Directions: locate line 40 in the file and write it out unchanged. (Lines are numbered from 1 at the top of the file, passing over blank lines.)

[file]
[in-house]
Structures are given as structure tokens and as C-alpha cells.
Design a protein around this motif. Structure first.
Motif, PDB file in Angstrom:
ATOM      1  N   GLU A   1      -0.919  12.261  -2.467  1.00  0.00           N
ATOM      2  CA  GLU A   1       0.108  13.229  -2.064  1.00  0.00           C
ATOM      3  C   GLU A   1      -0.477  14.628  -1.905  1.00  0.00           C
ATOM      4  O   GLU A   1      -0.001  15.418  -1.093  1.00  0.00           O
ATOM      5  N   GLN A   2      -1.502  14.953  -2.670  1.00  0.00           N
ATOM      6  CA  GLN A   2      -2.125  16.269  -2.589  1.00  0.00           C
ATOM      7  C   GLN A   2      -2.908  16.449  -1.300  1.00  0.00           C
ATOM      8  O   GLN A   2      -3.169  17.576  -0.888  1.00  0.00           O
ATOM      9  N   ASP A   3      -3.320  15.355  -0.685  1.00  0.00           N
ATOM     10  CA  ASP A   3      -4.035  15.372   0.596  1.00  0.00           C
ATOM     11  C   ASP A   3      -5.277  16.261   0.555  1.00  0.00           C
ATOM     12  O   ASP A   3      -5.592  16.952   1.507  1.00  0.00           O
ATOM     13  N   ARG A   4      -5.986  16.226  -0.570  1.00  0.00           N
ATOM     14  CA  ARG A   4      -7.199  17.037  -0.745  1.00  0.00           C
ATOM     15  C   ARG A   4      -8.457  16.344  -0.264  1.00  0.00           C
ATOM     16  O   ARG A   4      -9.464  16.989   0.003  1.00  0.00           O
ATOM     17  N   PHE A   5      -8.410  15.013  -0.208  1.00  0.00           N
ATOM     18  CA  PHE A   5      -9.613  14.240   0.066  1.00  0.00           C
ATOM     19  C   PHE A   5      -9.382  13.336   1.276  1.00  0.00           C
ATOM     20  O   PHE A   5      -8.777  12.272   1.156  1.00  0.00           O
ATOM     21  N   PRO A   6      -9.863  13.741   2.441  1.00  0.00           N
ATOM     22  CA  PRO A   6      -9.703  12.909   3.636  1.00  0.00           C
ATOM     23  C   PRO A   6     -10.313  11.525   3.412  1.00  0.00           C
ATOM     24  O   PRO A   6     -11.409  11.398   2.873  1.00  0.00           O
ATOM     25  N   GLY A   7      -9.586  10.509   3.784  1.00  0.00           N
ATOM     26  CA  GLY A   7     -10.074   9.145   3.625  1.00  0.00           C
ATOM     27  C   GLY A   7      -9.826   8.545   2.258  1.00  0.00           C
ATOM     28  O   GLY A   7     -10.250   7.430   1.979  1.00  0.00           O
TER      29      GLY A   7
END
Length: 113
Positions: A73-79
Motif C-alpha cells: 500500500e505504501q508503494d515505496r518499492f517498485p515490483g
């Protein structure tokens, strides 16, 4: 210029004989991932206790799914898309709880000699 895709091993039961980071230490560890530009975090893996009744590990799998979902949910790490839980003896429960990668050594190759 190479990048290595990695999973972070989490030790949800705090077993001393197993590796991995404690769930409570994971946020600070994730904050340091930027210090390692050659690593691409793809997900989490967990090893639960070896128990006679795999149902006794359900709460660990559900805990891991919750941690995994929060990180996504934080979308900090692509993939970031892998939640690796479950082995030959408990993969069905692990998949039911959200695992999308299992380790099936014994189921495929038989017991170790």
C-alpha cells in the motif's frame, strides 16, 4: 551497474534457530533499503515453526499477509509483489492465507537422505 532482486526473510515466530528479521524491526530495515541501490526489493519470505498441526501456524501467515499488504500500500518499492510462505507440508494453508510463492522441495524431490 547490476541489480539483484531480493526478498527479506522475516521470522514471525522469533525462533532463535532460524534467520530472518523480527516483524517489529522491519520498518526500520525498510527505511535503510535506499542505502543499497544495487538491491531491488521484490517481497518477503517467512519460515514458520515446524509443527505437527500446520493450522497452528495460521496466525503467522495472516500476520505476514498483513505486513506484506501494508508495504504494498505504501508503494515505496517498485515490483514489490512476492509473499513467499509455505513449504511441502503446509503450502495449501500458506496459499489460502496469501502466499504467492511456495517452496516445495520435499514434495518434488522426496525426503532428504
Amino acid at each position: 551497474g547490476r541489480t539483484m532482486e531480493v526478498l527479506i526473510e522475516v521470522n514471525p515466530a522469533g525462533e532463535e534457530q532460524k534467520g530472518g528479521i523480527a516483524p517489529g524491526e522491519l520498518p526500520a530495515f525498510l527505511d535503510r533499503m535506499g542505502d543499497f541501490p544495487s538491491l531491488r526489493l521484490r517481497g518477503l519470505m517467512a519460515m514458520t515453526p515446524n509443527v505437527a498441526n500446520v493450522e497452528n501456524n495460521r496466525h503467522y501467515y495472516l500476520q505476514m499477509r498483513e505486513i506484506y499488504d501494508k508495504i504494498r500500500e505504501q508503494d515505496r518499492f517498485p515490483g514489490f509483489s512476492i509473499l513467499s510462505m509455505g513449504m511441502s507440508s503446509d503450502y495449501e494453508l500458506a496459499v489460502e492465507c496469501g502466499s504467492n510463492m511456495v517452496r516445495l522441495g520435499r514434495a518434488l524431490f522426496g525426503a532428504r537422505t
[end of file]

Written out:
Amino acid at each position: 551497474g547490476r541489480t539483484m532482486e531480493v526478498l527479506i526473510e522475516v521470522n514471525p515466530a522469533g525462533e532463535e534457530q532460524k534467520g530472518g528479521i523480527a516483524p517489529g524491526e522491519l520498518p526500520a530495515f525498510l527505511d535503510r533499503m535506499g542505502d543499497f541501490p544495487s538491491l531491488r526489493l521484490r517481497g518477503l519470505m517467512a519460515m514458520t515453526p515446524n509443527v505437527a498441526n500446520v493450522e497452528n501456524n495460521r496466525h503467522y501467515y495472516l500476520q505476514m499477509r498483513e505486513i506484506y499488504d501494508k508495504i504494498r500500500e505504501q508503494d515505496r518499492f517498485p515490483g514489490f509483489s512476492i509473499l513467499s510462505m509455505g513449504m511441502s507440508s503446509d503450502y495449501e494453508l500458506a496459499v489460502e492465507c496469501g502466499s504467492n510463492m511456495v517452496r516445495l522441495g520435499r514434495a518434488l524431490f522426496g525426503a532428504r537422505t